The journey of Coronado, 1540-1542, from the city of Mexico to the Grand Canon of the Colorado and the buffalo plains of Texas, Kansas and Nebraska, as told by himself and his followers Page: 48 of 288
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THE JOURNEY OF CORONADO
After the whole force had left Mexico, he
ordered Don Pedro de Alarcon to set sail
with two ships that were in the port of La
Natividad on the South seacoast, and go to
the port of Xalisco to take the baggage which
the soldiers were unable to carry,' and thence
to sail along the coast near the army, because
he had understood from the reports that they
would have to go through the country near
the seacoast, and that we could find the har-
bors by means of the rivers, and that the
ships could always get news of the army,
which turned out afterward to be false, and
so all this stuff was lost, or, rather, those
who owned it lost it, as will be told farther
on. After the viceroy had completed all his
arrangements, he set off for Compostela, ac-
companied by many noble and rich men.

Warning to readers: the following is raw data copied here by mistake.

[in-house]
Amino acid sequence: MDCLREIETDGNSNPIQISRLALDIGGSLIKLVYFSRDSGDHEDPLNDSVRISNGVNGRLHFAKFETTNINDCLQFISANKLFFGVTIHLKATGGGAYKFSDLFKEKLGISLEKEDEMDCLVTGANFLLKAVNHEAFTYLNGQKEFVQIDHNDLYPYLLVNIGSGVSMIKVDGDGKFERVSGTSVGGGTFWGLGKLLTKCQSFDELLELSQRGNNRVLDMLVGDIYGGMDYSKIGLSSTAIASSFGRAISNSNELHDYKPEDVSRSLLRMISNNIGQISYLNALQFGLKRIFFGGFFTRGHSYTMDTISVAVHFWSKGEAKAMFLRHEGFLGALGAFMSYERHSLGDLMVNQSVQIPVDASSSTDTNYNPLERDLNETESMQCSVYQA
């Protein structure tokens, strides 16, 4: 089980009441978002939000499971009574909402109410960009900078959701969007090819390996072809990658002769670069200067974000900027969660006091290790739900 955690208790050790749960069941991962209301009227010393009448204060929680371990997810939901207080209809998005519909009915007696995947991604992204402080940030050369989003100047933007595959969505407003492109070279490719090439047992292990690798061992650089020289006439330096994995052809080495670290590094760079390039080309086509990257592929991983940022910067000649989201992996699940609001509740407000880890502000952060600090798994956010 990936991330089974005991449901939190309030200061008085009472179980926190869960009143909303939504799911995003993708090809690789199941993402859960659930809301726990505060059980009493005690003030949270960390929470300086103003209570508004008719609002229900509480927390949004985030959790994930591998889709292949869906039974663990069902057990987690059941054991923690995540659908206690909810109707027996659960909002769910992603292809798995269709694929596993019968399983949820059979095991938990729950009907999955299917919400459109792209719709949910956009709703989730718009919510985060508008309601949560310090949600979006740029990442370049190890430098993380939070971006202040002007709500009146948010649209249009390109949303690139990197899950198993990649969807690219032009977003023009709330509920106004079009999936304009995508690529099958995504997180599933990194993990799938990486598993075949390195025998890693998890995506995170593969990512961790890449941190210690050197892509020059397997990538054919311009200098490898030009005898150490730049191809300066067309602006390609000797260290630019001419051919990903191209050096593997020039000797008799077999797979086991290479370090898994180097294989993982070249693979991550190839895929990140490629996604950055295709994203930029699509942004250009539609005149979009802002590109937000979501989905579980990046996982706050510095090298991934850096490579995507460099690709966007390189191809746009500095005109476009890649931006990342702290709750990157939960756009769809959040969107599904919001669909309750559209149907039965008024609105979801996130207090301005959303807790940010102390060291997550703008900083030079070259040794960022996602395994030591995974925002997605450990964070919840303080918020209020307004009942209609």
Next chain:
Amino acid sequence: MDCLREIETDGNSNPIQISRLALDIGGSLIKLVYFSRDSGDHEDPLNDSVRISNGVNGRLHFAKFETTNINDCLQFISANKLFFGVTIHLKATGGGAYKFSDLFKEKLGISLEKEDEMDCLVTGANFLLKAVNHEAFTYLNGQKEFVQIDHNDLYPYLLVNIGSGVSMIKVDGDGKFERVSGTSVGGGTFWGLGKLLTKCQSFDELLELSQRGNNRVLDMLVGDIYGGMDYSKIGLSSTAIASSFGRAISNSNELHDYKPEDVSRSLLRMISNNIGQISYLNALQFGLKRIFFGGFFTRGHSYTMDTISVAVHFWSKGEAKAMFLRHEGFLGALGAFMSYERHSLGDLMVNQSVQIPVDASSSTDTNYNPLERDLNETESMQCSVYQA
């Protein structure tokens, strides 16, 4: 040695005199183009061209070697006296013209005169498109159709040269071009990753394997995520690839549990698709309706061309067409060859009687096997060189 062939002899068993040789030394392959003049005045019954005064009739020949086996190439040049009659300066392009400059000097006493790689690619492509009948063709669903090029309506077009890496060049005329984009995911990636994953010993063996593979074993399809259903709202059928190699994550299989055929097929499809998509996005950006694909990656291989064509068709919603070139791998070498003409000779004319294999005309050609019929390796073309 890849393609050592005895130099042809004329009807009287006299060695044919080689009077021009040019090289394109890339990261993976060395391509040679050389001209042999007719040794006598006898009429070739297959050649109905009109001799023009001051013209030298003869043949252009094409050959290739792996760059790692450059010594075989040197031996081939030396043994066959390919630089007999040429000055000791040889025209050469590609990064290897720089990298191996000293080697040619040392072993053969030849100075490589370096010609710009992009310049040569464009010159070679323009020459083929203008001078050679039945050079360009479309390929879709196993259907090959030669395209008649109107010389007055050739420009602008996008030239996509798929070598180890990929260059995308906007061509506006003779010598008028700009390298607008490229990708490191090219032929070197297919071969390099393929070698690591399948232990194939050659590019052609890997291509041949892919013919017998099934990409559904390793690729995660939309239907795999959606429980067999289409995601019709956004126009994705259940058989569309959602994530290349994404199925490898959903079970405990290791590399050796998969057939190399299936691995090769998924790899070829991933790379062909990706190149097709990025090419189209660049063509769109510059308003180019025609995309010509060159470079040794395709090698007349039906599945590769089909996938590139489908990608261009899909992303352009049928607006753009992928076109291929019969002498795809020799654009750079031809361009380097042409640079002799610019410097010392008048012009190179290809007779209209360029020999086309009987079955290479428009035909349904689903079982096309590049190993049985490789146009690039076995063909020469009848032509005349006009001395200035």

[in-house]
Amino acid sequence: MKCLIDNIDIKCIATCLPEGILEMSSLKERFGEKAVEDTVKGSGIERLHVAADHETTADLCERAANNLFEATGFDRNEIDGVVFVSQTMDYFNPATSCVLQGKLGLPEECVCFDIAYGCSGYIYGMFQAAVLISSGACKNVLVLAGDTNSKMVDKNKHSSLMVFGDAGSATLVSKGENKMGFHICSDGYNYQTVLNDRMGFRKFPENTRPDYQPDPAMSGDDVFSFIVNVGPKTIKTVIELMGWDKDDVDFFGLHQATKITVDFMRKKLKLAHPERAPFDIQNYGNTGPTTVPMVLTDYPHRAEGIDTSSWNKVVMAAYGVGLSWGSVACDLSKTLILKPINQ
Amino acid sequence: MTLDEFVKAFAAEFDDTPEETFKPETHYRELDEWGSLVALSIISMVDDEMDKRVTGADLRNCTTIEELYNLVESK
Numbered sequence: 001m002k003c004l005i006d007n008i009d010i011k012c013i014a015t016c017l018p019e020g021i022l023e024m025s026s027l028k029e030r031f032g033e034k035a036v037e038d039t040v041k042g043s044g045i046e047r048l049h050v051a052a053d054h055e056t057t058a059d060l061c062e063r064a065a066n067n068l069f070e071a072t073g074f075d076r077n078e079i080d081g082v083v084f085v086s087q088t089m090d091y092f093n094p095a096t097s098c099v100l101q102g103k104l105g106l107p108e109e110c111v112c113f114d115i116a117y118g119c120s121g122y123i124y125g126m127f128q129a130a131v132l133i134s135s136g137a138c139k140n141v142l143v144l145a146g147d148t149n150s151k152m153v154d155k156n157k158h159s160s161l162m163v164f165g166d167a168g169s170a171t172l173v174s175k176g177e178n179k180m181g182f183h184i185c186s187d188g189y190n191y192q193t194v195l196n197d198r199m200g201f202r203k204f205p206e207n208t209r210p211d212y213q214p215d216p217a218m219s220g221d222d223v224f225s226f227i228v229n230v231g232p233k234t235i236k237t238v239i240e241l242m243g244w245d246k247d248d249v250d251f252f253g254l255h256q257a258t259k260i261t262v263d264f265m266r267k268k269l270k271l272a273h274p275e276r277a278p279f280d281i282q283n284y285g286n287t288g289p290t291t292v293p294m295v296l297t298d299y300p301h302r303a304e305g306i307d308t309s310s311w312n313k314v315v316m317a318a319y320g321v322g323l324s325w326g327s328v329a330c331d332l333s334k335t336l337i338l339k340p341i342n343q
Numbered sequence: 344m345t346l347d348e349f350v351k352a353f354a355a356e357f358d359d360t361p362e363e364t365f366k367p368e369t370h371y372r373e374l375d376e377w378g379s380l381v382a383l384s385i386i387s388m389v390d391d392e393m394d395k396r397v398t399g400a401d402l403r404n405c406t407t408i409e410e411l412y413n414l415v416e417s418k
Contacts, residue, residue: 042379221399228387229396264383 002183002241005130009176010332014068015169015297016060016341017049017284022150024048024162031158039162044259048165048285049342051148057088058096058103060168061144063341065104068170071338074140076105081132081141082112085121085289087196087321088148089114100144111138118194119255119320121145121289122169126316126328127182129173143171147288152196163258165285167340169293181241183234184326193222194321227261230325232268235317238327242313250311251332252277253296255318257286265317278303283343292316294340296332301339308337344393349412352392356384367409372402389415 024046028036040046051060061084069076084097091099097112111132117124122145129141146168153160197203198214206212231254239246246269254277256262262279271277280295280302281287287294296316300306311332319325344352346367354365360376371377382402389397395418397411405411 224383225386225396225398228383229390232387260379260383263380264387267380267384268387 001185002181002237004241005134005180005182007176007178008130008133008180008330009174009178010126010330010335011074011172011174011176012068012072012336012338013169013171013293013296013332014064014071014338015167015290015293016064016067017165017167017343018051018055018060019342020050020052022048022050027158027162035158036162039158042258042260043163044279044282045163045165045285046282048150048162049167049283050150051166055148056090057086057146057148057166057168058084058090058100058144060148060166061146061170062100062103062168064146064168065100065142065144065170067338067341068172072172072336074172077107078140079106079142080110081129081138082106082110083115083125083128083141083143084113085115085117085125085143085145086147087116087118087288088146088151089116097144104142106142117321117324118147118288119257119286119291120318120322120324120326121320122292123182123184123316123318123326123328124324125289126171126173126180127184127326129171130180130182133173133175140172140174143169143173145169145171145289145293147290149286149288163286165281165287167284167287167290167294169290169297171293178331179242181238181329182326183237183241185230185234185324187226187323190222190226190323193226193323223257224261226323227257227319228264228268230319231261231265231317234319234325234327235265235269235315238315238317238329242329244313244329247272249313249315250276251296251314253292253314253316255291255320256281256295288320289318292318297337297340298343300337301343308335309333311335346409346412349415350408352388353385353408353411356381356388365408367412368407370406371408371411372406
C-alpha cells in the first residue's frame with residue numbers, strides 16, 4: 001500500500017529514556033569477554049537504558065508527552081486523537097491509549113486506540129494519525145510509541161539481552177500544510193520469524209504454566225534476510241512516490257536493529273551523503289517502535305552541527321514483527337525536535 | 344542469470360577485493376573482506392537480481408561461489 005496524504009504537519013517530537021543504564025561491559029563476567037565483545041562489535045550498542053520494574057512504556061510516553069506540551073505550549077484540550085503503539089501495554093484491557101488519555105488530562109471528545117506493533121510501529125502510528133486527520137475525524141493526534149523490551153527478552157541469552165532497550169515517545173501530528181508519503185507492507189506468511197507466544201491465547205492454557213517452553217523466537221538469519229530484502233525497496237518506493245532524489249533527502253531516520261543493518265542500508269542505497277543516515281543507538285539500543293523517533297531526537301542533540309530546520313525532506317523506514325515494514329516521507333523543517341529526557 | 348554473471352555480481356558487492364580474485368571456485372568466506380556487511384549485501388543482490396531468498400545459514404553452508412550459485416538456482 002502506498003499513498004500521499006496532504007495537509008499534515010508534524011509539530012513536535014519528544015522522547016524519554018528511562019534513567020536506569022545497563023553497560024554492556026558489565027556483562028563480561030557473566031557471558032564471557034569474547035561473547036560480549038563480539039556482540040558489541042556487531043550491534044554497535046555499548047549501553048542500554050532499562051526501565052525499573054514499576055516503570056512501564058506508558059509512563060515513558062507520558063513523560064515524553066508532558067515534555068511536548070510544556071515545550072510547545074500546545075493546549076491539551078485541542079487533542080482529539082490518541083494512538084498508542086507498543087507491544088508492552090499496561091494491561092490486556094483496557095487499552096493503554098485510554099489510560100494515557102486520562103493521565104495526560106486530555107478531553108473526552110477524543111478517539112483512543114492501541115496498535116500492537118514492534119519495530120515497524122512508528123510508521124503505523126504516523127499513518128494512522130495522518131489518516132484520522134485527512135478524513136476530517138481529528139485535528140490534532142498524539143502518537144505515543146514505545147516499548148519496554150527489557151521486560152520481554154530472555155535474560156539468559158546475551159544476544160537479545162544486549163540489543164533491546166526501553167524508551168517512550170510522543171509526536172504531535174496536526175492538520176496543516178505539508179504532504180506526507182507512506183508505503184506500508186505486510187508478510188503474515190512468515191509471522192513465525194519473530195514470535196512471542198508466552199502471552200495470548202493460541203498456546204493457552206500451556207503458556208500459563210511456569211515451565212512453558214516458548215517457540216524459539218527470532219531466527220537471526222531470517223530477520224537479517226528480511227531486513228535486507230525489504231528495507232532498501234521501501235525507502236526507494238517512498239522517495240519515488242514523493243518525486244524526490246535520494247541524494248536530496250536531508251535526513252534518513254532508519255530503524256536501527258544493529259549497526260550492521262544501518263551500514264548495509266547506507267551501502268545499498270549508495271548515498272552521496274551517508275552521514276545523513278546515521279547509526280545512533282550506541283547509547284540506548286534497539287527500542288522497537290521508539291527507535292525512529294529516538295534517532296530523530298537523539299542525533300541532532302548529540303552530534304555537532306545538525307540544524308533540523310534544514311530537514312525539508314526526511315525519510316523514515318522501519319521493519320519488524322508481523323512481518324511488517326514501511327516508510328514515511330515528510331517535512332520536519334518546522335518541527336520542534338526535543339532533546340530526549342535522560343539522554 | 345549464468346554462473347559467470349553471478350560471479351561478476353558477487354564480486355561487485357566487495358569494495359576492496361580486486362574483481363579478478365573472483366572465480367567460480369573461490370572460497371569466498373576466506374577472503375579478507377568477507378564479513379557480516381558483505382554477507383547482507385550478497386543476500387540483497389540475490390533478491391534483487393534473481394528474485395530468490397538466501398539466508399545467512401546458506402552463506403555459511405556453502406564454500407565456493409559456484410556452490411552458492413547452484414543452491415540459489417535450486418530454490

He kept the New Year of (fifteen hundred
and) forty-one at Pasquaro, which is the
chief place in the bishopric of Michoacan,
and from there he crossed the whole of New
Spain, taking much pleasure in enjoying
the festivals and great receptions which
were given him, till he reached Compo-
stela, which is, as I have said, 110
leagues. There he found the whole com-
pany assembled, being well treated and en-
tertained by Christobal de Oiate, who had
the whole charge of that government for
the time being. He had had the manage-
ment of it and was in command of all that
See the instructions given by Mendoza to Alar-
con, in Buckingham Smith's Florida, p. 1.
Here’s what’s next.
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Winship, George Parker. The journey of Coronado, 1540-1542, from the city of Mexico to the Grand Canon of the Colorado and the buffalo plains of Texas, Kansas and Nebraska, as told by himself and his followers, book, 1922; New York. (texashistory.unt.edu/ark:/67531/metapth3161/m1/48/: accessed September 23, 2017), University of North Texas Libraries, The Portal to Texas History, texashistory.unt.edu; .